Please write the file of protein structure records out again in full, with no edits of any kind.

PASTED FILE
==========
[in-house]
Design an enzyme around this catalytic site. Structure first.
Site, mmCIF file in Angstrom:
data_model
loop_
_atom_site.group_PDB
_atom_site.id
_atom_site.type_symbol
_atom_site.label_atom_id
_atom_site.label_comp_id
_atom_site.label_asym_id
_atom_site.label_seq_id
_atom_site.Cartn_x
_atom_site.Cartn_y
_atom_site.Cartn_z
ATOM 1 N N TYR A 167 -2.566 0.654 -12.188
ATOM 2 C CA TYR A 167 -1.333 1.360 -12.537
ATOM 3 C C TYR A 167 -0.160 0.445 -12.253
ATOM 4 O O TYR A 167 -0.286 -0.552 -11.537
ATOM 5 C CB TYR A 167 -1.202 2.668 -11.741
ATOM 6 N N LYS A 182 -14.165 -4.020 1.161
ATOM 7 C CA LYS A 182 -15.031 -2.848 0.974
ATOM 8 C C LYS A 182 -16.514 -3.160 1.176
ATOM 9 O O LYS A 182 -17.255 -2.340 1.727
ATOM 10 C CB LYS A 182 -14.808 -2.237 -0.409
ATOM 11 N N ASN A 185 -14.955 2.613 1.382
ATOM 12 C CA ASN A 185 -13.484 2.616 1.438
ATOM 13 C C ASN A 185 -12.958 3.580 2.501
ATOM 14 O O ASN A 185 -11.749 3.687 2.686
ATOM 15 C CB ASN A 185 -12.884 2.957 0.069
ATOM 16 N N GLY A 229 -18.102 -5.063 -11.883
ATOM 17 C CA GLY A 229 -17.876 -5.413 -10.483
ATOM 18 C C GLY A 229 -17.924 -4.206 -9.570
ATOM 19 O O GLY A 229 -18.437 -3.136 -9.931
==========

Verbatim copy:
[in-house]
Design an enzyme around this catalytic site. Structure first.
Site, mmCIF file in Angstrom:
data_model
loop_
_atom_site.group_PDB
_atom_site.id
_atom_site.type_symbol
_atom_site.label_atom_id
_atom_site.label_comp_id
_atom_site.label_asym_id
_atom_site.label_seq_id
_atom_site.Cartn_x
_atom_site.Cartn_y
_atom_site.Cartn_z
ATOM 1 N N TYR A 167 -2.566 0.654 -12.188
ATOM 2 C CA TYR A 167 -1.333 1.360 -12.537
ATOM 3 C C TYR A 167 -0.160 0.445 -12.253
ATOM 4 O O TYR A 167 -0.286 -0.552 -11.537
ATOM 5 C CB TYR A 167 -1.202 2.668 -11.741
ATOM 6 N N LYS A 182 -14.165 -4.020 1.161
ATOM 7 C CA LYS A 182 -15.031 -2.848 0.974
ATOM 8 C C LYS A 182 -16.514 -3.160 1.176
ATOM 9 O O LYS A 182 -17.255 -2.340 1.727
ATOM 10 C CB LYS A 182 -14.808 -2.237 -0.409
ATOM 11 N N ASN A 185 -14.955 2.613 1.382
ATOM 12 C CA ASN A 185 -13.484 2.616 1.438
ATOM 13 C C ASN A 185 -12.958 3.580 2.501
ATOM 14 O O ASN A 185 -11.749 3.687 2.686
ATOM 15 C CB ASN A 185 -12.884 2.957 0.069
ATOM 16 N N GLY A 229 -18.102 -5.063 -11.883
ATOM 17 C CA GLY A 229 -17.876 -5.413 -10.483
ATOM 18 C C GLY A 229 -17.924 -4.206 -9.570
ATOM 19 O O GLY A 229 -18.437 -3.136 -9.931